The third conclusion was that if you take all these things together, student success is now a story of what some have called the “return on education”—not quite return on investment, but it’s similar. It’s a focus on making sure the student gets out of their postsecondary experience what they want. And for many students that’s making sure they graduate in the shortest amount of time at the least cost possible with a positive post-graduate outcome. Orienting your student success strategy around ROE is far different—and broader—than orienting around a single metric like first-year retention.

Evo: What were some of the motivations that have now pushed colleges and universities to focus more on success when 10 years ago that focus was opening the door on access?

EV: Schools are motivated to focus on success largely because of the demands of constituencies like parents and students, as well as funding bodies. But when you actually speak to institutions about it, they’ll tell you student success is not an economic imperative but a moral one. This is the right thing to do—we have to deliver on the promise to these students. And if you think about it, that’s a huge credit to higher education that that is the number one pressure here.

Evo: What are the lessons that higher education can learn from e-commerce leaders like Amazon and what are the limits to those lessons?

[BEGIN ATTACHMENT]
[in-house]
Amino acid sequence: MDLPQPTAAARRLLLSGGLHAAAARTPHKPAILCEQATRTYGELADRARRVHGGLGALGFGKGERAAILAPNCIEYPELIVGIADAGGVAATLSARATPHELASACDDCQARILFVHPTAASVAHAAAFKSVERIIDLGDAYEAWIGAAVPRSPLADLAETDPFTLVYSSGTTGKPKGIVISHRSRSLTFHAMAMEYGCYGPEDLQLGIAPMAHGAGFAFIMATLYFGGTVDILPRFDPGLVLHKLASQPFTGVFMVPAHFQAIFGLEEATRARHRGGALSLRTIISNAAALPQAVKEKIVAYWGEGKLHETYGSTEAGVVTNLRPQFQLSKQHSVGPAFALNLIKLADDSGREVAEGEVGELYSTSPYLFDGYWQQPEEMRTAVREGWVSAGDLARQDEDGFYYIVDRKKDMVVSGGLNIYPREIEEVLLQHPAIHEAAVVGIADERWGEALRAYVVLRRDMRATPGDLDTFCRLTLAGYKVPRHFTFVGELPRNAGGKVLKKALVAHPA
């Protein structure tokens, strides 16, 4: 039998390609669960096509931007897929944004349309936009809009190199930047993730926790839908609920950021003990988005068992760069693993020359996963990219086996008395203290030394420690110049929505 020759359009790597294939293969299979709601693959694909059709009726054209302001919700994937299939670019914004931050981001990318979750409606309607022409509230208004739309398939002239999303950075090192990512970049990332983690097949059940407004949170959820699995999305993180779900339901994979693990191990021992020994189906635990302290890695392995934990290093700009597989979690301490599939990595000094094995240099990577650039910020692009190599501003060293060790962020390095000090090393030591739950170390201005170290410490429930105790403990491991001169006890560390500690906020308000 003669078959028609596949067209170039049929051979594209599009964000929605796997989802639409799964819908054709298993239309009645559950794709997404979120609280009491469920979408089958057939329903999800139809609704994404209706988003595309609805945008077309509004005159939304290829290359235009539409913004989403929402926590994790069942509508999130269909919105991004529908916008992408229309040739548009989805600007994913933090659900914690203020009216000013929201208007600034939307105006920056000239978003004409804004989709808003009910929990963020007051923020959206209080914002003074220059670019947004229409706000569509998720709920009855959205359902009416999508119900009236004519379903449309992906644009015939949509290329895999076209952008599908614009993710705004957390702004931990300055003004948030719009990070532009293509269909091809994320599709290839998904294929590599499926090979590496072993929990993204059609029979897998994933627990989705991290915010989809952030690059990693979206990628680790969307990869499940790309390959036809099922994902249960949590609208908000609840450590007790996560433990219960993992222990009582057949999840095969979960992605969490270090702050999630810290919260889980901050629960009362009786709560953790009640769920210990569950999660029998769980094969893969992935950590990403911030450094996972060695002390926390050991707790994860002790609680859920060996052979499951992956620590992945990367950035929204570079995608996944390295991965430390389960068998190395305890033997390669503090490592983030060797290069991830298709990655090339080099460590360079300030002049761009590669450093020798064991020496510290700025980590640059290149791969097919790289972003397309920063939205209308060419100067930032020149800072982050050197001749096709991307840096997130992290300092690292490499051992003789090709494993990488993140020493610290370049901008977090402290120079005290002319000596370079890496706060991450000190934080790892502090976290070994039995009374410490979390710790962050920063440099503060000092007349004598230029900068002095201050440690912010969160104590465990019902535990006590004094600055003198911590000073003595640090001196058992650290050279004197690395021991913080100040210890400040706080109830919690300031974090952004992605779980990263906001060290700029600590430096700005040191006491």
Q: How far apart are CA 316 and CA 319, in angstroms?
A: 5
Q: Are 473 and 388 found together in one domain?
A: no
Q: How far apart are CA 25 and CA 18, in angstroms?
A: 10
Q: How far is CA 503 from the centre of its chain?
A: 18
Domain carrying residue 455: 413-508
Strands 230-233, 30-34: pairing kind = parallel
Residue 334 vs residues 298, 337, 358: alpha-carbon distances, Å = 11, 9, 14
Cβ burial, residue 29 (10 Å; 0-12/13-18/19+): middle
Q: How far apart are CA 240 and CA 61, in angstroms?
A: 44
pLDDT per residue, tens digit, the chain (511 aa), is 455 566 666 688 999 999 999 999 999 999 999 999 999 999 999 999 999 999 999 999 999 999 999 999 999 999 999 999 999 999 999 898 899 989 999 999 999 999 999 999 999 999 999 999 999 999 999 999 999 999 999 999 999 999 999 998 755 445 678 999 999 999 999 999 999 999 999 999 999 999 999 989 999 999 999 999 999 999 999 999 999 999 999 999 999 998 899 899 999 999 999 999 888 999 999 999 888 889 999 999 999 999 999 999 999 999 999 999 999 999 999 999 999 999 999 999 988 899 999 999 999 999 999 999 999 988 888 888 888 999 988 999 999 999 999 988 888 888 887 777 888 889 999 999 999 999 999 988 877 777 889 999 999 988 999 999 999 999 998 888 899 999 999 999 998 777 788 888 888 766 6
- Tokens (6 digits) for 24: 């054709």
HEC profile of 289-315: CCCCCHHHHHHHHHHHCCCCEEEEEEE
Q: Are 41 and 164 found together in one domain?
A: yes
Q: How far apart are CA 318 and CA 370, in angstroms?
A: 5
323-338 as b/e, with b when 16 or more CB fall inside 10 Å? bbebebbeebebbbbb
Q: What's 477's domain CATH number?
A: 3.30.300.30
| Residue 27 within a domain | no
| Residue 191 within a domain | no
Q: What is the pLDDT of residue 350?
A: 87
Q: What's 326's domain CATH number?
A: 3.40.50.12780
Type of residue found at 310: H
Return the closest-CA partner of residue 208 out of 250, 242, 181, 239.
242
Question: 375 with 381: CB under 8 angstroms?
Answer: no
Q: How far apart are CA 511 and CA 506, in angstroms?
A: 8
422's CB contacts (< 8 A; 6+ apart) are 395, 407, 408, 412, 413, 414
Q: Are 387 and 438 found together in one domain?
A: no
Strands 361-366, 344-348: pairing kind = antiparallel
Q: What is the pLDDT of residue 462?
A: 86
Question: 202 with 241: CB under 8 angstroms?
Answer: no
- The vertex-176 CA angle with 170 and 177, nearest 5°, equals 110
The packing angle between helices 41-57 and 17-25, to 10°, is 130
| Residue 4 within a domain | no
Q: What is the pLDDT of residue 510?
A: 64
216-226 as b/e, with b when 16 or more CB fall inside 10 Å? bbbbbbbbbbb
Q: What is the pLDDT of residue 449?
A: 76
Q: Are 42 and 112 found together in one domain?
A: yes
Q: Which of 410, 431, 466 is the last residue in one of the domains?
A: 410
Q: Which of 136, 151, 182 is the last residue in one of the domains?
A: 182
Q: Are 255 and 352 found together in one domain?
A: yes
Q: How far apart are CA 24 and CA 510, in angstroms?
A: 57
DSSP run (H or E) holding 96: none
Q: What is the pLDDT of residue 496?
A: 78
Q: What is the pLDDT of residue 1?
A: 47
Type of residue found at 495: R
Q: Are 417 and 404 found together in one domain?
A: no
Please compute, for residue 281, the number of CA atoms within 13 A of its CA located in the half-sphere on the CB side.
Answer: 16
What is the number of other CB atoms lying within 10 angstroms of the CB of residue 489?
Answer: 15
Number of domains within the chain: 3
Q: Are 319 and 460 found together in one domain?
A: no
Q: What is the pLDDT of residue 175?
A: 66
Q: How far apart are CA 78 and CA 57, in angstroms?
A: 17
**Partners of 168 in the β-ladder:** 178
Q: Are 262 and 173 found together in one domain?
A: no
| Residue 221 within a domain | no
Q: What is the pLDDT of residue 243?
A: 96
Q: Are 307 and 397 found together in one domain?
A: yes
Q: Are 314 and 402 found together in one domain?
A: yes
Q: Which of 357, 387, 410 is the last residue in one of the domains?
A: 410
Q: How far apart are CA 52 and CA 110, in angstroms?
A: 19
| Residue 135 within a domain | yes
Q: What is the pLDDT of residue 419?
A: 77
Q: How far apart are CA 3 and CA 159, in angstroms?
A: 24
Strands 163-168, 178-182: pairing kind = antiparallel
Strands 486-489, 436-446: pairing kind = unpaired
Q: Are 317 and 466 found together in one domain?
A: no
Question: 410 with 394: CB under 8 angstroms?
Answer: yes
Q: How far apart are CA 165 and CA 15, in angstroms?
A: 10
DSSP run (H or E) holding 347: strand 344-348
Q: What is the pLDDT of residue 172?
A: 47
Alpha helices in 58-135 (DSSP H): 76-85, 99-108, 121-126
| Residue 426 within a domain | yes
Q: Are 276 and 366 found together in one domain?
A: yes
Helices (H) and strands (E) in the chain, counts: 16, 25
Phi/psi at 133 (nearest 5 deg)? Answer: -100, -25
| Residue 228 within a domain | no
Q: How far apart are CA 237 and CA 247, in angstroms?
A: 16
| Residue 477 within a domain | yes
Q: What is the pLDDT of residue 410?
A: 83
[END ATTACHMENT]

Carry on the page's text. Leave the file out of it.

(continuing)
EV: There’s actually a tremendous amount higher education can learn from e-commerce leaders. Universities are making investments in self-service with resources like student portals where students can see all the information they need like forms, guidance, campus news etc. The issue is that a lot of online student portals are not mobile-friendly. And they’re often organized around the administration lines of the university, not really around student problems. There’s a user experience issue here. Amazon and many other successful online businesses are designed around us, the users. So much of our experience online now is just-in-time stuff. Think about how often your phone pings you to do stuff—attend a meeting, follow up with someone, something is trending on Twitter, whatever it may be, but it’s in-the-moment stuff. We can apply that principle to student success and say, hey, it’s the beginning of the term, you should go see your advisor, here’s all the information you need to set up that appointment. You’re heading towards the middle of term, time to start thinking about declaring a major and selecting some courses, here’s what you need to do about that. Maybe one day we’ll be able to say to a student, hi we know you’re in English 101 and we know you have a paper coming due soon, a week in advance we’re going to send you a nudge to go to the writing center to help yourself out and get some advice on that. We’re nowhere near that level of personalization yet or at the level of timeliness but it doesn’t feel that far off and it would mimic an experience that we have in every other aspect of our lives.